The story itself moved a bit slowly for me at first, and some of Cecile's reactions to things seemed a little off to me (like...I would have been WAY more ticked off if Luc had kidnapped me and sold me to trolls. Like...who died and made him her owner? Gross.), but once the story got going it was really engrossing and I didn't want to put it down.  This book could have been a one-sitting read for me if I had read it on a day off. You know a book has you in its clutches when you can't stop thinking about it, even when you're not reading!

           The ending of the story twisted my heart and gave me a lot of feels. I worried about Tristan then Cecile then Tristan again, and I was just a little compact ball of emotions.  I didn't enjoy it, but I accepted that it sets up the second book beautifully.  I can't wait to see what happens next in this story, but I've heard that it gets really depressing, so I'm not sure I'll pick the next book up right away, if at all.

Rating: 4.25 stars

**This review contains major spoilers. To skip the spoilers, see my Goodreads review here!**

What it's about:

           The fifth instalment of the Throne of Glass series, this book continues the story of Aelin Galathynius and her court on their journey to take back the Kingdom of Terrasen and ultimately save the world from the evil Valg King Erawan.

What I thought:

          I loved this book. It was a rollercoaster of feelings and hopes and dreams and wishes and tears and sadness and love. I had ALL THE FEELS at ALL OF THE TIMES.

          We got to see so much in this book. We learned more about Erilea and the kingdoms we haven't seen before, including but not limited to a mysteriously familiar-seeming swamp land (*coughDeadMarshescough*). It's great, and and I adored the presumed homage to some of the classics.  I am so sad we didn't get to see more of Ellwye, and that Maeve pretty much ruined it for everyone, because she's evil incarnate.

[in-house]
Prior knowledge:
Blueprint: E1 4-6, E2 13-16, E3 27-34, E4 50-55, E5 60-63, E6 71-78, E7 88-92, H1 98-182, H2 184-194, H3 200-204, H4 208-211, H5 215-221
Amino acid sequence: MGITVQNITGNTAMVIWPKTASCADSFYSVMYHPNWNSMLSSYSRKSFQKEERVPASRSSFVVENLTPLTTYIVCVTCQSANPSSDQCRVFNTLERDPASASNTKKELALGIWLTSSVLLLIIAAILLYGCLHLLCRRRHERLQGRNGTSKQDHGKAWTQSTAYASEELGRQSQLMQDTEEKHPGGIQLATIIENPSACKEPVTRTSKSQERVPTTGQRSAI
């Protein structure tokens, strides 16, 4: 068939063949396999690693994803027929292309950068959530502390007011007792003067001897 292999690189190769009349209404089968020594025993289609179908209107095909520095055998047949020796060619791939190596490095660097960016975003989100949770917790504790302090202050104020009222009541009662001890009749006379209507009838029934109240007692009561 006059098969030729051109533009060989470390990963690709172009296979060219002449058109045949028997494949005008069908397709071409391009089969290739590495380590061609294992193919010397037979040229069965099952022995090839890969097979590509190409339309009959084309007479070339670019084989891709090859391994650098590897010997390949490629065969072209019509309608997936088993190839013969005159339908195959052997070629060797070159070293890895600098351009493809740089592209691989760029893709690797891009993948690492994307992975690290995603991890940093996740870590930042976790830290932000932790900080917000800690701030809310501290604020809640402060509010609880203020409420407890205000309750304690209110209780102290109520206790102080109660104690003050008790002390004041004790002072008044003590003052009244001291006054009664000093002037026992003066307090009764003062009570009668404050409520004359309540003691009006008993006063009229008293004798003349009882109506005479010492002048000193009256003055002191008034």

We got to meet new characters and learn more about our old favorites. I adored getting to know the cadre, Elide, and Lorcan better, as well as Manon and pretty much everyone. GUYS. THE SILENT ASSASSINS. (*quiet sobbing*) And Ansel, and FREAKING KASIDA THE ASTERION. (I'm so glad I just happened to finish Assassin's Blade RIGHT before I read this.) That ending scene with all of the forces coming together after Maeve carted our beloved Aelin of the Wildfire off--I just actually cannot think about it without tears coming to my eyes. Like...fantastic and so heartwarming and hope-inducing yet just *after* perfect timing. Abraxos and Lysandra are my new two fave characters. Lysandra is amazing and badass and so brave. Abraxos is the most majestic and loyal flower-scented wyvern ever and I love him forever.

          The action scenes were so stressful yet exhilarating. I think my favorite was the epic sea wyvern/sea dragon!Lyandra battle. It invoked so many emotions in me because all the stuff from all of the characters' perspectives were just so poignant and like real feelings. THESE GUYS LOVE EACH OTHER and it both warms and breaks my heart because I don't want any of them to be hurt but I know it will be inevitable because drama.  The battle with the Ilken at the Stone Swamps was so freaky but showed that the cadre amazingly is so willing to work with the Court and they can be a fantastic unit. God, Maeve ruins EVERYTHING! She's like the Dolores Umbridge of Erilea--we know Erawan is the big evil baddie, but then someone on the inside who we would expect to be good turns out to be a total selfish bitch. (Show us how you REALLY feel, Emma!)


          The romances were adorable. I know people don't like that fact that the majority of the characters are paired up neatly, but...it's fiction, and I enjoy good romances, and these are good romances. I was kind of iffy about the whole Elide/Lorcan thing happening, but seeing how she changed his character for the good and softened his Maeve-induced hardness (no pun intended, yikes) made me change my mind about that.  I enjoyed seeing their relationship develop, and somehow that made me feel not as mad when Lorcan decided to be a dumb-ass and accidentally-on-purpose call for Maeve.

         Lyandra and Aedion is so tragic yet realistic. I love that they obviously have strong feelings for each other, yet still respect boundaries and are the closest of friends.